Shorty’s Gins of Whitby - Endeavour Gin
Updated: Oct 8, 2019
Our review has not been influenced by anyone at Shorty's Gins and we have not been paid for this review.
We recently received a new gin to try from Shorty’s Gins of Whitby. They recently released their new London Dry ‘Endeavour Gin’ which we loved! We caught up with Rachael “Shorty” Conisbee who is the brain child behind Shorty’s Gins to find out a bit more about her gin.
Can you take us back to where it all started for Shorty’s Gins, where did the name come from and what got you into the gin industry?
At the beginning of 2017, I was foraging on local beaches for things to make driftwood art. I had a small workshop overlooking the sea. It suited me as I lost my sister Rebecca in July 2012 and my dad Michael a year later. Things were tough and I think I was trying to find some peace. I have looked after my mum, who is like my best friend, since Dad died. For Christmas 2016, I made a plum gin liqueur and a sloe gin liqueur. I was experimenting and planned to give them out as Christmas presents to family and friends. They went down far too well! So I went back to the local enterprise team at the council and proposed setting up Shorty’s Gins. They said “Stick to driftwood art love, setting up a gin business is far too complicated!”. Well, the challenge had been made. I got my personal licence, compounders licence, my own premises, got onto the AWRS and then onto the duty stamp scheme. I was ready to go! I called the business Shorty’s as my dad always called me Shorty and my sister Lanky. It just had to be Shorty’s. I have been called Shorty all of my life.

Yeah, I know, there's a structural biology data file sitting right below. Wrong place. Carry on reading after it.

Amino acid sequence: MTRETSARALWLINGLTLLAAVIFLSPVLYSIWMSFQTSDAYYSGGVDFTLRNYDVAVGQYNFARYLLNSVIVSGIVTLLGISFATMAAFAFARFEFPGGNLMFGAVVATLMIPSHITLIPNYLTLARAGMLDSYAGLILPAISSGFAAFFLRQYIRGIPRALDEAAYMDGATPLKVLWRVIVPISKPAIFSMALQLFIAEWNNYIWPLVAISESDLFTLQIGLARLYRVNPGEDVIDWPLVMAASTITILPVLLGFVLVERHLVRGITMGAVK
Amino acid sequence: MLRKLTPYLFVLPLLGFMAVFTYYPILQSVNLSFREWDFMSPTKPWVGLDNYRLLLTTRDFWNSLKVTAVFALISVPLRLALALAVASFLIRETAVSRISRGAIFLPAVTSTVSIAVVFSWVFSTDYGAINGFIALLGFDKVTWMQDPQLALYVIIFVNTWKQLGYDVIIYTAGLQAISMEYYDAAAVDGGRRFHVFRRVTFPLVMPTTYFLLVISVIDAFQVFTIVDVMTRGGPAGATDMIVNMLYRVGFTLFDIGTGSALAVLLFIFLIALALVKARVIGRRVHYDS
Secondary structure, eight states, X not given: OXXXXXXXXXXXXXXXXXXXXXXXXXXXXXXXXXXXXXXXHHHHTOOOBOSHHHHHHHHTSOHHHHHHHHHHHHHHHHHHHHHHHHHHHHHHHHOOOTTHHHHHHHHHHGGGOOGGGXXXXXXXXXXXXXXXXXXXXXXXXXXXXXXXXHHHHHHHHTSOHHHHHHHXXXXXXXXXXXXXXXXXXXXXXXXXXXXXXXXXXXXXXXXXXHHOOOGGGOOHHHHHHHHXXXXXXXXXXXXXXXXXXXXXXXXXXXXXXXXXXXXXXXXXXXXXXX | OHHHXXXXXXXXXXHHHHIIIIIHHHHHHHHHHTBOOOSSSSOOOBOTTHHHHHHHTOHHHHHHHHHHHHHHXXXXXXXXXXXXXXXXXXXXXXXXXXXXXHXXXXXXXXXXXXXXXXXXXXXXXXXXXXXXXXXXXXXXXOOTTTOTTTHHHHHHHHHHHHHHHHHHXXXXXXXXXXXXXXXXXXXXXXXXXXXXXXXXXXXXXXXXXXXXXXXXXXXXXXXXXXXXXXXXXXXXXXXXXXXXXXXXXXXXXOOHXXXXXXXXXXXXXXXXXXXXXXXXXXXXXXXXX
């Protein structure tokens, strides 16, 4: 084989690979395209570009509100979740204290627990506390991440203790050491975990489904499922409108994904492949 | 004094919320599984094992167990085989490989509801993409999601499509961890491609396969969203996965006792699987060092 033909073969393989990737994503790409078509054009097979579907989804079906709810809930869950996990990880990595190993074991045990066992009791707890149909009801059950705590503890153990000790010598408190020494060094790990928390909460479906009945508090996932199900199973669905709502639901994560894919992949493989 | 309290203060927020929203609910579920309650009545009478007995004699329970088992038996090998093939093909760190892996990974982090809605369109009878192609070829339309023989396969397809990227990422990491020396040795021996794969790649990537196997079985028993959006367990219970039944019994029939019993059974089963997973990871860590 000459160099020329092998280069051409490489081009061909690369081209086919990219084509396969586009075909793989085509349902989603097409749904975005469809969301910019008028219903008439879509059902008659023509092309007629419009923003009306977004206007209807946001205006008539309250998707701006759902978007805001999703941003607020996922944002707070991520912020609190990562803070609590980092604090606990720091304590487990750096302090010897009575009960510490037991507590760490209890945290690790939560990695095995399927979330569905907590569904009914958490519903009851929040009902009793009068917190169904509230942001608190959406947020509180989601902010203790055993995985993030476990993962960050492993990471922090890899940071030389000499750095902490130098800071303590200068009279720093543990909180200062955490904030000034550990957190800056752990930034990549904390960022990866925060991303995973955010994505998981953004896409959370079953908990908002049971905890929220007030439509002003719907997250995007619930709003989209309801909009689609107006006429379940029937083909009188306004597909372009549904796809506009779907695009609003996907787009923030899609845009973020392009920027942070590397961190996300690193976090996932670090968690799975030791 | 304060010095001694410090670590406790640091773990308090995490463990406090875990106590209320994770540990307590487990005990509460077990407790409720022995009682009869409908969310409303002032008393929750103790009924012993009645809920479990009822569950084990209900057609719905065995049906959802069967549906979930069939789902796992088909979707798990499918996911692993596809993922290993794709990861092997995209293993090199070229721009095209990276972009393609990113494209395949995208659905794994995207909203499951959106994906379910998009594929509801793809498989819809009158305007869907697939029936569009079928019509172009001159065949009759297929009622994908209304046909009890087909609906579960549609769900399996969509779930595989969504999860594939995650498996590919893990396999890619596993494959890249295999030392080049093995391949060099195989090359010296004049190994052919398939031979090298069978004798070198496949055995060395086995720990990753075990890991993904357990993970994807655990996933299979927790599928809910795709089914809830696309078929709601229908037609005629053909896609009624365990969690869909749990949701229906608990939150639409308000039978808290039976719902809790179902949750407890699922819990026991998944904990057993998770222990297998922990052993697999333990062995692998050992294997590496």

You’ve launched your London Dry offering from the Shorty’s Gins range last month (July). What has the reception to Endeavour Gin been like so far?
Unbelievable! Every single person who has tried it loves it. I worked on the recipe for months and trialled it in Leicester in August 2018. I still have some of that very first trial bottle left. It was important to invest in the labels. Designed by Tori Williams, she managed to achieve everything and more from the erratic brief I sent to her. We worked together closely for two weeks and the end result is stunning.
Speaking of the design, is that HMS Endeavour that you’ve chosen to go on the label? What was it about Captain Cook that gave you the inspiration for the label, you must be a fan?
The image is actually of a Whitby CAT (Coal and Timber flat bottomed ship). It encapsulates the strength of Endeavour and what it achieved under the captaincy of James Cook. Endeavour before she was commissioned by the Admiralty and renamed was originally used to transport Coal and Timber. When I was around 3 years old living in the small village of Sandsend, just outside of Whitby, I loved books and remember receiving the Ladybird book, Captain Cook. It was my pride and joy. To this day remember every image in the book. He was my hero. So when the replica from Stockton was moved back to Whitby in early 2018, I thought I had to try to get the trademark.
We know starting your own gin brand isn’t easy. Can you tell us about some problems that you faced and what has been your biggest obstacle to date?